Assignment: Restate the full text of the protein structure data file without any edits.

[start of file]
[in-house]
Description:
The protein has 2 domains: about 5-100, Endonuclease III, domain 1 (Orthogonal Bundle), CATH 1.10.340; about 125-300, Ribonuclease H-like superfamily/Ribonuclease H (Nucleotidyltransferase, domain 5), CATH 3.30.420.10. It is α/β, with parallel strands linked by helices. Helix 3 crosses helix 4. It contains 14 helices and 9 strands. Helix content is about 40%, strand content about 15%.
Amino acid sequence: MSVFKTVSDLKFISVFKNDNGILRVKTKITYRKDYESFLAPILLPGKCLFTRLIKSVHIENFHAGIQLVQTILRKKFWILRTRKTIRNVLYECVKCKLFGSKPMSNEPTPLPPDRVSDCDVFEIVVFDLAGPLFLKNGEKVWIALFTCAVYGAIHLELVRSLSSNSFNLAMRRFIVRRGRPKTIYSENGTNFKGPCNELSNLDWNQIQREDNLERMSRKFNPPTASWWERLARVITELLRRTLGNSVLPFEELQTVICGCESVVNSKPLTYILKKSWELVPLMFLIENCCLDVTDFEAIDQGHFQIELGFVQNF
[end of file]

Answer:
[in-house]
Description:
The protein has 2 domains: about 5-100, Endonuclease III, domain 1 (Orthogonal Bundle), CATH 1.10.340; about 125-300, Ribonuclease H-like superfamily/Ribonuclease H (Nucleotidyltransferase, domain 5), CATH 3.30.420.10. It is α/β, with parallel strands linked by helices. Helix 3 crosses helix 4. It contains 14 helices and 9 strands. Helix content is about 40%, strand content about 15%.
Amino acid sequence: MSVFKTVSDLKFISVFKNDNGILRVKTKITYRKDYESFLAPILLPGKCLFTRLIKSVHIENFHAGIQLVQTILRKKFWILRTRKTIRNVLYECVKCKLFGSKPMSNEPTPLPPDRVSDCDVFEIVVFDLAGPLFLKNGEKVWIALFTCAVYGAIHLELVRSLSSNSFNLAMRRFIVRRGRPKTIYSENGTNFKGPCNELSNLDWNQIQREDNLERMSRKFNPPTASWWERLARVITELLRRTLGNSVLPFEELQTVICGCESVVNSKPLTYILKKSWELVPLMFLIENCCLDVTDFEAIDQGHFQIELGFVQNF